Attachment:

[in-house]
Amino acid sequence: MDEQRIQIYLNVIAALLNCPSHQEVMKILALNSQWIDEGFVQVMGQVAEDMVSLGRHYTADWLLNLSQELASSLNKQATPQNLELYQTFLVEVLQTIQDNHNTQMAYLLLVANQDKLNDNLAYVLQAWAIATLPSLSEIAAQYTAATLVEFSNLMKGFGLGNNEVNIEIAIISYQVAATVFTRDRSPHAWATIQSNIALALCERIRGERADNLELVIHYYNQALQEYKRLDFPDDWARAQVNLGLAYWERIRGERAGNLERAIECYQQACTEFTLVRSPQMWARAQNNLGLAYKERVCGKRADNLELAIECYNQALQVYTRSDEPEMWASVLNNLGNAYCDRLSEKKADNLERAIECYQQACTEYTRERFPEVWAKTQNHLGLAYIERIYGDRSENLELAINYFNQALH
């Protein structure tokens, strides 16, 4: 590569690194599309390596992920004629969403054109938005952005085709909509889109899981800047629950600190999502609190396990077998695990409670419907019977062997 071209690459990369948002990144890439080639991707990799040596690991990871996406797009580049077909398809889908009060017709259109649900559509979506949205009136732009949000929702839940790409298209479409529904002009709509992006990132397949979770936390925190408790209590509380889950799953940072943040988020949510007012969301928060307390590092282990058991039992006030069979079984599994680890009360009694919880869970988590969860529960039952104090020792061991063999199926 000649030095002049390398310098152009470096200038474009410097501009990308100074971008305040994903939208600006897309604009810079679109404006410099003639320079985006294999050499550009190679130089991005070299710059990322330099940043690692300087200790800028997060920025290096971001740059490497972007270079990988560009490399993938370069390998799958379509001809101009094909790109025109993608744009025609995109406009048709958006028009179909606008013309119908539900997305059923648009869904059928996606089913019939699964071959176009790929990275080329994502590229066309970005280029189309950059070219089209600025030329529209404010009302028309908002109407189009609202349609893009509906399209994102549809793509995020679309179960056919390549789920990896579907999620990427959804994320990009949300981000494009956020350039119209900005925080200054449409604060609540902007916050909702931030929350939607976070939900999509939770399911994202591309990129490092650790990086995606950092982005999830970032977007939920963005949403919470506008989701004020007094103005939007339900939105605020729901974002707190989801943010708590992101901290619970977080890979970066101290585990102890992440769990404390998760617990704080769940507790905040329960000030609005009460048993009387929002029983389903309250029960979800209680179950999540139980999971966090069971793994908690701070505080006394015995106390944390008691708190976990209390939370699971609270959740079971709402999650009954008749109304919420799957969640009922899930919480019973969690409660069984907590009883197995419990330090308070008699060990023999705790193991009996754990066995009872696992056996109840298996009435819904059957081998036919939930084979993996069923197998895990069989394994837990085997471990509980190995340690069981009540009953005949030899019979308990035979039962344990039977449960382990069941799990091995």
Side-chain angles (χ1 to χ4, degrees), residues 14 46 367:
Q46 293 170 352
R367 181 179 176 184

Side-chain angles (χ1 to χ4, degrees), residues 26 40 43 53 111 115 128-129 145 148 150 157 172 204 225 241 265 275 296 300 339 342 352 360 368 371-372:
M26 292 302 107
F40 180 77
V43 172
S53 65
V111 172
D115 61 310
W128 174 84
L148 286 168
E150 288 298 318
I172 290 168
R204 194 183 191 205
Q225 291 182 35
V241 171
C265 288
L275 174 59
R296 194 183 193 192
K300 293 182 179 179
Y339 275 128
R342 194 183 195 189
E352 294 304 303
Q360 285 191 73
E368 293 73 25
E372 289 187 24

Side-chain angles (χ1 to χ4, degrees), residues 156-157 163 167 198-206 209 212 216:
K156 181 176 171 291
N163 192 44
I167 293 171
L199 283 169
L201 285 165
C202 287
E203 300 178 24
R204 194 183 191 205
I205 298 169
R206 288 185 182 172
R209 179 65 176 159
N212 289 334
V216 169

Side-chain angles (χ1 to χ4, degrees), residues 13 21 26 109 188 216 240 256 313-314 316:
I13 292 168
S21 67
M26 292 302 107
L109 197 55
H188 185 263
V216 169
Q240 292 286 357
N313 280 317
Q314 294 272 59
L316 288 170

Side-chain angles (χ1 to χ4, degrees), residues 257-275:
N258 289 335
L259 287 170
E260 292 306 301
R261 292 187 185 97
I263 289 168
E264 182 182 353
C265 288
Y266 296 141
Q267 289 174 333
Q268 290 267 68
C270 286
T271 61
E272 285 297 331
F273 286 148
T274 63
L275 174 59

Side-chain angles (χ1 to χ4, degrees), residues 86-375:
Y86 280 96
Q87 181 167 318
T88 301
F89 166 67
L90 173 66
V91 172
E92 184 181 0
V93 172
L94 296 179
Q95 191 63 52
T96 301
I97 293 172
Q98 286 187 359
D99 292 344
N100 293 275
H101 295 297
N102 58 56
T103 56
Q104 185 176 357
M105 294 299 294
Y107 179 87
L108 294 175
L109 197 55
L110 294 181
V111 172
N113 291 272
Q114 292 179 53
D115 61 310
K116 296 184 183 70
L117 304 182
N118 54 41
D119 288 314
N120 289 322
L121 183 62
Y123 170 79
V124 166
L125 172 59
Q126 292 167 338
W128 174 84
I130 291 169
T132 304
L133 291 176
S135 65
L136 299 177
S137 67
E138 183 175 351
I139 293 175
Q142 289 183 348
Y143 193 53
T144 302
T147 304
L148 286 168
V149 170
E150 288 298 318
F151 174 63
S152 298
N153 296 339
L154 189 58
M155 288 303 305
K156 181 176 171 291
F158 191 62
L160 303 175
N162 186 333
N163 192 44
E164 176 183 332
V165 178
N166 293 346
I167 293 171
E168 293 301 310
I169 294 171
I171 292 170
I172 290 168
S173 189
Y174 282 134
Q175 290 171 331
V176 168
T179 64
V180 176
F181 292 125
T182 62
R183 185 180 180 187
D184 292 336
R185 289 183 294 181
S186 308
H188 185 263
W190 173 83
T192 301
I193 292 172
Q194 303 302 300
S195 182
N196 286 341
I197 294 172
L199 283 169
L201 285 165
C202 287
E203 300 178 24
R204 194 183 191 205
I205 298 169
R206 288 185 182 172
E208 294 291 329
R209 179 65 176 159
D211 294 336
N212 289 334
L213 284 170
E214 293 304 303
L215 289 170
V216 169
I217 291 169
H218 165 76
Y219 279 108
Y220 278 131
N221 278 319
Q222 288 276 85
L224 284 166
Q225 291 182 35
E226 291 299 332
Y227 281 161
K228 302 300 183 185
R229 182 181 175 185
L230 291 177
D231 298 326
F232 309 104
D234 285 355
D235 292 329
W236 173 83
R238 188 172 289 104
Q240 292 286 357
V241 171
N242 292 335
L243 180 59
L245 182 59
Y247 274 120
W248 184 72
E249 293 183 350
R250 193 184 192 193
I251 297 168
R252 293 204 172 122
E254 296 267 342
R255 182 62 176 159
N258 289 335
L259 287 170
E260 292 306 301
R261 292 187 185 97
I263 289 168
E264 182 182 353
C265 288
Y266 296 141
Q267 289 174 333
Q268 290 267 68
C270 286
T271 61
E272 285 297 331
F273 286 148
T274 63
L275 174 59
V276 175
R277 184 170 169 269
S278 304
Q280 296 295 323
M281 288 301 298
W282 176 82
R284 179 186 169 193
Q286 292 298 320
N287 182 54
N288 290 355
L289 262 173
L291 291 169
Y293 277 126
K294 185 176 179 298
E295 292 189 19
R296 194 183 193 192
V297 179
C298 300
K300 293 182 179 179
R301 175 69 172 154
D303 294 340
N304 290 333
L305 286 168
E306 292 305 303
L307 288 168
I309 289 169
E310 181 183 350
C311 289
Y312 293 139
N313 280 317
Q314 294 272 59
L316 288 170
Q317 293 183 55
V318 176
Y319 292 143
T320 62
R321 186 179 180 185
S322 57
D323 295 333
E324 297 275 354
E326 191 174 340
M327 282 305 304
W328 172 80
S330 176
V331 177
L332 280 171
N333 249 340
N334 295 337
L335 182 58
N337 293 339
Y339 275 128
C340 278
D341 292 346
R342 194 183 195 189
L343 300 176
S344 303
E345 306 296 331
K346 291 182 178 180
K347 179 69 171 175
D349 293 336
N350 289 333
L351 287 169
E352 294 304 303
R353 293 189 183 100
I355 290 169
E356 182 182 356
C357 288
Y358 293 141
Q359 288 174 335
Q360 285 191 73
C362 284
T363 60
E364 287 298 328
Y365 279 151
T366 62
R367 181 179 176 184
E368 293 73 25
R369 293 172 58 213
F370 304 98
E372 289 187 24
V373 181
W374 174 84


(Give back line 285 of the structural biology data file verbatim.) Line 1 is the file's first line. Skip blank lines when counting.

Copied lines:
E345 306 296 331